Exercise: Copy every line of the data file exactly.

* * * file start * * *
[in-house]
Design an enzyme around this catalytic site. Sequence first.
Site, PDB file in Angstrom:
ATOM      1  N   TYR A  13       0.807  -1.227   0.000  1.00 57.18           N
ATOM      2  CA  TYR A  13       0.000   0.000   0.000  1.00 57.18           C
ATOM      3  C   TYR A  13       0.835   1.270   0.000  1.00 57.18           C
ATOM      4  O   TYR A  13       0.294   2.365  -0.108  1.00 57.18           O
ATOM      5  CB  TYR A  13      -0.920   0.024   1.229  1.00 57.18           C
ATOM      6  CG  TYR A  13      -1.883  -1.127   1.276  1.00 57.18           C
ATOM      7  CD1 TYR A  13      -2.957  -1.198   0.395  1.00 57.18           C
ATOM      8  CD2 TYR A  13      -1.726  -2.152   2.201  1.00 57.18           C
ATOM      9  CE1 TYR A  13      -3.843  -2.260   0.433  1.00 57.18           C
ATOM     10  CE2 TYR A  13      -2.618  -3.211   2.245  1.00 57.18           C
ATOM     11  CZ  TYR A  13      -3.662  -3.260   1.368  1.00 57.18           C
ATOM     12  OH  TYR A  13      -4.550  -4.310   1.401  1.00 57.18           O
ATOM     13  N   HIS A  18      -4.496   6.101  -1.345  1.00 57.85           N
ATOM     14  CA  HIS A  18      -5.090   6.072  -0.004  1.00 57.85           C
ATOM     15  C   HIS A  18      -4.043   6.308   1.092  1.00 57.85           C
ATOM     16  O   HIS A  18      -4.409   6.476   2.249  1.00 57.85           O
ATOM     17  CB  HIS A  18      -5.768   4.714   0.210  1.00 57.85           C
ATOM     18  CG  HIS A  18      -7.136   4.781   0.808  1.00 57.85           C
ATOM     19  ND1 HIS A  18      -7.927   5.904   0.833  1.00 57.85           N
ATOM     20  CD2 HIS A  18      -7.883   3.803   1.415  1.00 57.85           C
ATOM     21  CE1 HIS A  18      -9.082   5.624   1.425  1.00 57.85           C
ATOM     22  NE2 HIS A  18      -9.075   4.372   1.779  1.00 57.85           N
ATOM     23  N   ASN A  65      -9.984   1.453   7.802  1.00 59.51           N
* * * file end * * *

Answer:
[in-house]
Design an enzyme around this catalytic site. Sequence first.
Site, PDB file in Angstrom:
ATOM      1  N   TYR A  13       0.807  -1.227   0.000  1.00 57.18           N
ATOM      2  CA  TYR A  13       0.000   0.000   0.000  1.00 57.18           C
ATOM      3  C   TYR A  13       0.835   1.270   0.000  1.00 57.18           C
ATOM      4  O   TYR A  13       0.294   2.365  -0.108  1.00 57.18           O
ATOM      5  CB  TYR A  13      -0.920   0.024   1.229  1.00 57.18           C
ATOM      6  CG  TYR A  13      -1.883  -1.127   1.276  1.00 57.18           C
ATOM      7  CD1 TYR A  13      -2.957  -1.198   0.395  1.00 57.18           C
ATOM      8  CD2 TYR A  13      -1.726  -2.152   2.201  1.00 57.18           C
ATOM      9  CE1 TYR A  13      -3.843  -2.260   0.433  1.00 57.18           C
ATOM     10  CE2 TYR A  13      -2.618  -3.211   2.245  1.00 57.18           C
ATOM     11  CZ  TYR A  13      -3.662  -3.260   1.368  1.00 57.18           C
ATOM     12  OH  TYR A  13      -4.550  -4.310   1.401  1.00 57.18           O
ATOM     13  N   HIS A  18      -4.496   6.101  -1.345  1.00 57.85           N
ATOM     14  CA  HIS A  18      -5.090   6.072  -0.004  1.00 57.85           C
ATOM     15  C   HIS A  18      -4.043   6.308   1.092  1.00 57.85           C
ATOM     16  O   HIS A  18      -4.409   6.476   2.249  1.00 57.85           O
ATOM     17  CB  HIS A  18      -5.768   4.714   0.210  1.00 57.85           C
ATOM     18  CG  HIS A  18      -7.136   4.781   0.808  1.00 57.85           C
ATOM     19  ND1 HIS A  18      -7.927   5.904   0.833  1.00 57.85           N
ATOM     20  CD2 HIS A  18      -7.883   3.803   1.415  1.00 57.85           C
ATOM     21  CE1 HIS A  18      -9.082   5.624   1.425  1.00 57.85           C
ATOM     22  NE2 HIS A  18      -9.075   4.372   1.779  1.00 57.85           N
ATOM     23  N   ASN A  65      -9.984   1.453   7.802  1.00 59.51           N